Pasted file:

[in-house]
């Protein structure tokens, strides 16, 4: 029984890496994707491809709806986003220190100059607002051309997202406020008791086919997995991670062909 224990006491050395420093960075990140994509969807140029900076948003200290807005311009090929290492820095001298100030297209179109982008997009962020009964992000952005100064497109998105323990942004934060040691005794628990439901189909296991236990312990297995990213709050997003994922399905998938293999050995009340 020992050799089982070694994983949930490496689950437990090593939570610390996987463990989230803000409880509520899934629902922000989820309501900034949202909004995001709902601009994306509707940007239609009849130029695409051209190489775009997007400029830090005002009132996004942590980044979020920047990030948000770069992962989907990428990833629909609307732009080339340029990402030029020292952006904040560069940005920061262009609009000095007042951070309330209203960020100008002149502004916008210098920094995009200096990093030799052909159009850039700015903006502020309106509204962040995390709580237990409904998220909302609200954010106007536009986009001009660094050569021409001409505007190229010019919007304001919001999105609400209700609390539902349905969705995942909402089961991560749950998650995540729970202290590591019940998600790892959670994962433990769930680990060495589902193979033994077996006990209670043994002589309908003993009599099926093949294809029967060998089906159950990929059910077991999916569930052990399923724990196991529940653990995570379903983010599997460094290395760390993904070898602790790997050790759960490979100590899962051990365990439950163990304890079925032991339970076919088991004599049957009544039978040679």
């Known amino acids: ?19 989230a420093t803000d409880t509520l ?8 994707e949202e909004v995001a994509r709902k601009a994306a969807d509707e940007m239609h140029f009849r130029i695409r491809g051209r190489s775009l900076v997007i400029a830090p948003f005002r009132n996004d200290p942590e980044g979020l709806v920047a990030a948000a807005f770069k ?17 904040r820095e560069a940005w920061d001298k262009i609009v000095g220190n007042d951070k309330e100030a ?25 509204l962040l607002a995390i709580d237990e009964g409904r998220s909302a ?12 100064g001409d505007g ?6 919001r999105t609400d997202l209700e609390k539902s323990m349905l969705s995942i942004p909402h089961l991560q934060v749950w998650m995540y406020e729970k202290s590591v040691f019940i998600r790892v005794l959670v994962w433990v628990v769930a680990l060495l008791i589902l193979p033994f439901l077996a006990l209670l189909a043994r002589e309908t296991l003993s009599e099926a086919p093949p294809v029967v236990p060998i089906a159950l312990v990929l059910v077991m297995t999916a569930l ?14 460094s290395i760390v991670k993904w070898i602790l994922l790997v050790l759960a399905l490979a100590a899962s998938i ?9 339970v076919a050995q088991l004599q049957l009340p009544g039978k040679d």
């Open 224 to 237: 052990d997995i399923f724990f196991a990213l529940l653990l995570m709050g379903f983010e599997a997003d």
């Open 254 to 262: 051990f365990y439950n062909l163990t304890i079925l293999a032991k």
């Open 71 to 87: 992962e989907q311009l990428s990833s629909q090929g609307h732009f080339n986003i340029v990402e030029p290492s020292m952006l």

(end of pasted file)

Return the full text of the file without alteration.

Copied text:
[in-house]
């Protein structure tokens, strides 16, 4: 029984890496994707491809709806986003220190100059607002051309997202406020008791086919997995991670062909 224990006491050395420093960075990140994509969807140029900076948003200290807005311009090929290492820095001298100030297209179109982008997009962020009964992000952005100064497109998105323990942004934060040691005794628990439901189909296991236990312990297995990213709050997003994922399905998938293999050995009340 020992050799089982070694994983949930490496689950437990090593939570610390996987463990989230803000409880509520899934629902922000989820309501900034949202909004995001709902601009994306509707940007239609009849130029695409051209190489775009997007400029830090005002009132996004942590980044979020920047990030948000770069992962989907990428990833629909609307732009080339340029990402030029020292952006904040560069940005920061262009609009000095007042951070309330209203960020100008002149502004916008210098920094995009200096990093030799052909159009850039700015903006502020309106509204962040995390709580237990409904998220909302609200954010106007536009986009001009660094050569021409001409505007190229010019919007304001919001999105609400209700609390539902349905969705995942909402089961991560749950998650995540729970202290590591019940998600790892959670994962433990769930680990060495589902193979033994077996006990209670043994002589309908003993009599099926093949294809029967060998089906159950990929059910077991999916569930052990399923724990196991529940653990995570379903983010599997460094290395760390993904070898602790790997050790759960490979100590899962051990365990439950163990304890079925032991339970076919088991004599049957009544039978040679």
């Known amino acids: ?19 989230a420093t803000d409880t509520l ?8 994707e949202e909004v995001a994509r709902k601009a994306a969807d509707e940007m239609h140029f009849r130029i695409r491809g051209r190489s775009l900076v997007i400029a830090p948003f005002r009132n996004d200290p942590e980044g979020l709806v920047a990030a948000a807005f770069k ?17 904040r820095e560069a940005w920061d001298k262009i609009v000095g220190n007042d951070k309330e100030a ?25 509204l962040l607002a995390i709580d237990e009964g409904r998220s909302a ?12 100064g001409d505007g ?6 919001r999105t609400d997202l209700e609390k539902s323990m349905l969705s995942i942004p909402h089961l991560q934060v749950w998650m995540y406020e729970k202290s590591v040691f019940i998600r790892v005794l959670v994962w433990v628990v769930a680990l060495l008791i589902l193979p033994f439901l077996a006990l209670l189909a043994r002589e309908t296991l003993s009599e099926a086919p093949p294809v029967v236990p060998i089906a159950l312990v990929l059910v077991m297995t999916a569930l ?14 460094s290395i760390v991670k993904w070898i602790l994922l790997v050790l759960a399905l490979a100590a899962s998938i ?9 339970v076919a050995q088991l004599q049957l009340p009544g039978k040679d």
């Open 224 to 237: 052990d997995i399923f724990f196991a990213l529940l653990l995570m709050g379903f983010e599997a997003d």
């Open 254 to 262: 051990f365990y439950n062909l163990t304890i079925l293999a032991k």
């Open 71 to 87: 992962e989907q311009l990428s990833s629909q090929g609307h732009f080339n986003i340029v990402e030029p290492s020292m952006l």